by Elgin Husbeck, Jr.
One of the key differences between left and the right, both religiously and politically is over how they view the “rich” and the “poor.” The Bible has a lot to say about both of these. For example, in response to an earlier article I wrote, the writer cited, Luke 19:25 “Indeed, it’s easier for a camel to squeeze through the eye of a needle than for a rich person to get into the kingdom of God.” He contrasted this with the poor saying, “Jesus, for instance, extols poverty ‘blessed are the poor, for theirs is the kingdom of God.’”
While the latter is probably not the best verse to cite in this context as it is referring to spiritual rather than economic poverty, there is no doubt that we are called to be concerned for the poor and to minister to their needs. But does this mean that God only wants poor people in his church? If you are “rich” must you, like the rich man in Mark 10:17-21, sell everything you own and give it to the poor?
[ene_ptp]If so this would be a very strange commandment; after all, are we called to help the poor, or to be the poor? Is poverty a condition to be obtained or relieved? If we are all poor, who will be left to relieve our poverty? As I pointed out in an earlier article, it is pretty clear that selling all of one’s possessions was not a universal injunction.
But that still leaves us with the question of who are the rich and who are the poor. For rest of this article I will focus on the poor. In the time of Jesus, the dividing line was pretty clear and stark. That is no longer true in the developed world as “poor” here has a vastly different meaning than in the third world. With the possible exception of the homeless, the “poor” in western countries would often be considered “rich” in developing countries.
But the difference even varies among western countries. For example, it is common to hear criticism about how little the United States does for the “poor” when compared to the Social Democracies in Europe. But again definitions vary from country to country. Some define “poverty” as simply being lower than the national median income, others define it as the lower 30% of median income or some other value. The income level chosen will have a huge effect on the number of people in poverty.
Another problem is that US poverty statistics often do not take into account assistance such as the earned income tax credit and food stamps. A study in 2000 showed that when these difference are taken into account the differences in the poverty rates between the US and European countries becomes very small. While poverty in the US has increased since that study, benefits have increased even faster, such that when adjusted for inflation those receiving benefits are slightly better off.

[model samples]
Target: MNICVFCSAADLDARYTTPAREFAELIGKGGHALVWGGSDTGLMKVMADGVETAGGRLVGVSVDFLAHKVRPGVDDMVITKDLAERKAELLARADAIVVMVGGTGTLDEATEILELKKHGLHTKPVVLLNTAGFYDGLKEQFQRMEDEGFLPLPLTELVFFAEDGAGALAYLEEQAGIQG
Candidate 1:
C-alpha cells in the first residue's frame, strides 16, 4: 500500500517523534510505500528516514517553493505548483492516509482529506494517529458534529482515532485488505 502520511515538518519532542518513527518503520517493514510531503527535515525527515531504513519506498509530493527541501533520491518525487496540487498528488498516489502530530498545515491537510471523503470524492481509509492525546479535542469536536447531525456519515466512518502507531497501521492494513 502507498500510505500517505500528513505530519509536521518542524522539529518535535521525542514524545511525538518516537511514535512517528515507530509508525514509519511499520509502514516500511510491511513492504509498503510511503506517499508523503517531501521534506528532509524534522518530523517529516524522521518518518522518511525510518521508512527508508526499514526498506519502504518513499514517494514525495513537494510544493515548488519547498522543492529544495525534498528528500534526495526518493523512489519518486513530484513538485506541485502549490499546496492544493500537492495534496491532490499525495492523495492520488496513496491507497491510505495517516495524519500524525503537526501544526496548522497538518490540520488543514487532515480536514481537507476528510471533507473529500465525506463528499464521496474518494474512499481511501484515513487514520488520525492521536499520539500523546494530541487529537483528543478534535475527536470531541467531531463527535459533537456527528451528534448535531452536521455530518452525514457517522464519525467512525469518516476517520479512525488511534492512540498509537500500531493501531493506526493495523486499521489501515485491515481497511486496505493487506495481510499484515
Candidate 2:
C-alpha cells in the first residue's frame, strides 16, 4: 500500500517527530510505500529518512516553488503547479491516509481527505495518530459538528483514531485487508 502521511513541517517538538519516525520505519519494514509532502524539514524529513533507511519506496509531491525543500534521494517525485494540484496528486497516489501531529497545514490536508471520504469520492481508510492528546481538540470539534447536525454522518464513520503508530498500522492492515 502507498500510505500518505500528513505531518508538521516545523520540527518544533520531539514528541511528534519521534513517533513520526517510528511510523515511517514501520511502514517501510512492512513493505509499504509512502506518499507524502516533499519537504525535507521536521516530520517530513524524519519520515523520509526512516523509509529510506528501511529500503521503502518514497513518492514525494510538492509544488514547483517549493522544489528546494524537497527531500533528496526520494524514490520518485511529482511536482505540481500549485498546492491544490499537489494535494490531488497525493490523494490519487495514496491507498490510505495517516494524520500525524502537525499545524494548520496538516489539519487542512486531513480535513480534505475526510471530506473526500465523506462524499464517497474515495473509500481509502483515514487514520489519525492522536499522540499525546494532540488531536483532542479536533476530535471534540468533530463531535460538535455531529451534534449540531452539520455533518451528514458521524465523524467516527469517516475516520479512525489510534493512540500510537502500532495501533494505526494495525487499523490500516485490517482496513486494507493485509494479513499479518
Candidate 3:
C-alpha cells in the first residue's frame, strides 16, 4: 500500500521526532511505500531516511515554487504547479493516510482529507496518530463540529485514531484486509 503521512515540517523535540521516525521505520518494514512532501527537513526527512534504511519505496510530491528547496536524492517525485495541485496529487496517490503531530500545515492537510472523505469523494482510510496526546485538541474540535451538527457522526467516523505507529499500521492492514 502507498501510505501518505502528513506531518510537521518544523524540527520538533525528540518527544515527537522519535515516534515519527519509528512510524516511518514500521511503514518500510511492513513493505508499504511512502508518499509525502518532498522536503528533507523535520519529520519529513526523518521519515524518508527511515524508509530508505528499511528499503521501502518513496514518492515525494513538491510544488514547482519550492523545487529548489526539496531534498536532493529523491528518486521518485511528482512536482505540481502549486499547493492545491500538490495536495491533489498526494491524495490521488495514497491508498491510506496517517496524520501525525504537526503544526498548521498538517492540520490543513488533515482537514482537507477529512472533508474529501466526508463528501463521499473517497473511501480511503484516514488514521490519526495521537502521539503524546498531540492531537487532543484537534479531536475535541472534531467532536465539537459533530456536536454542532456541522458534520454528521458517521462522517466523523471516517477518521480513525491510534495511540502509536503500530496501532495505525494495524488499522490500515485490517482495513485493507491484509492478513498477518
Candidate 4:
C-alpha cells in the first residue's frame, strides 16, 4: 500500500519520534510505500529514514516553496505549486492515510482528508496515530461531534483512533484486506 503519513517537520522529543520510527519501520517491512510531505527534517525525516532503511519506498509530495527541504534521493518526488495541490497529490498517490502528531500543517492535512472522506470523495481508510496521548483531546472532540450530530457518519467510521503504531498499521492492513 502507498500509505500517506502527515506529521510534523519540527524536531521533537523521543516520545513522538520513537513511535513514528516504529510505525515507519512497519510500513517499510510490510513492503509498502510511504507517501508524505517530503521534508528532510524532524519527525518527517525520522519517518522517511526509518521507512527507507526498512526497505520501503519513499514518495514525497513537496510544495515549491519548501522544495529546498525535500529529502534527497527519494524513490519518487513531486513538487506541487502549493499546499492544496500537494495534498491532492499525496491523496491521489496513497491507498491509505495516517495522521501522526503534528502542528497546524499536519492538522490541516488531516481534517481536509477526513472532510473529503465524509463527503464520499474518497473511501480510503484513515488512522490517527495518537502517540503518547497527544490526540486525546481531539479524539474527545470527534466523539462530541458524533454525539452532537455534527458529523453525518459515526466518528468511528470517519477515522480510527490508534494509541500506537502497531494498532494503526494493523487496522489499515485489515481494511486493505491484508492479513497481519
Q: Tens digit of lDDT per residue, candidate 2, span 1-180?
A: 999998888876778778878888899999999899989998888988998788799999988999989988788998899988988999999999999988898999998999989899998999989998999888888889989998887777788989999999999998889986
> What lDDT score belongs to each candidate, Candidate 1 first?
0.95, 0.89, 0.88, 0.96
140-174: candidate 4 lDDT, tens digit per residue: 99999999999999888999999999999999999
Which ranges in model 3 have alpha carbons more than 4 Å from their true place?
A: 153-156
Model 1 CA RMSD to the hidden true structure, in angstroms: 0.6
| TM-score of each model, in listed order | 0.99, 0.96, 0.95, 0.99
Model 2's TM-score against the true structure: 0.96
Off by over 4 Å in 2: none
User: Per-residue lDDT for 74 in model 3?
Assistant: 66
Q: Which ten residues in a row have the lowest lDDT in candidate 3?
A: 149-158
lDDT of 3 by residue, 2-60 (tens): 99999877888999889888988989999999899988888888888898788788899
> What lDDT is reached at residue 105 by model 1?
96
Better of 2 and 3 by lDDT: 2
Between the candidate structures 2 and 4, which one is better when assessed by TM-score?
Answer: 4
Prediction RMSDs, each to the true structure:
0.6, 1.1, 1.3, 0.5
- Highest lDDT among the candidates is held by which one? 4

When government assistance is taken into account the poor in the US are nowhere near poverty as it would have been understood in Jesus’s time. In fact, based on Census Bureau data of those classified as “poor,” 80% have air conditioning, 75% have a car and 31% have two. Most have cable or satellite TV, and over 50% have a computer with over 10% having 2 or more. More than half have a PlayStation, Xbox or other gaming system, and over 40% have internet access and a wide screen TV, and 25% of these have a digital recording system such as TIVO.
In a recent GCP, co-host Chris Eyre commented on how difficult was to get by on assistance in England and often people did not even have enough food week to week. Yet here in the US, only 4% of poor children and 18% of poor adults report being hungry for lack of money within the last year, and on average their nutrition is virtually identical to the middle class. Only 4% report being temporarily homeless, nearly 50% live in single family homes or townhouses, while 42% own their own home. The average home of the poor in the US has 3 bedrooms, and over 2/3 have more than two rooms for each person.
This means that he average poor person in America has more living space than the average person in most European countries. By their own descriptions, most of the poor in America had enough money to meet their essential needs and were able to access medical care for their family. In fact when factors such as buying power and cost of living are factored in, the standard of living for the poor in America falls into the range of the middle class in much of Europe.
Now to be sure, these are statistics based on the whole. There will be exceptions and special cases. There will be those who fall between the cracks, so to speak. While the vast majority live homes that are “in good repair and without significant defects,” the vast majority is not all. But it is just as true that this hardly paints a picture of neglect.
As a percentage of GDP, total US spending on social welfare is less than in Europe, but since the US is wealthier, per capita spending is higher. In addition, there are the personal factors. Some people, such as the mentally ill and drug addicts are particularly difficult to help and we need to do more in this area. But for most people in the US, the statistics are pretty clear that if you finish High school, and wait to get married before having children your chances of being poor are greatly reduced. In addition, there is a generational component here in that children who are raised in a married family are 80% less likely to be poor.
Given this, perhaps the real way to combat poverty is to be found more in the church, and society as a whole, taking about the values of intact families, rather than pushing for a larger government and increased benefits.
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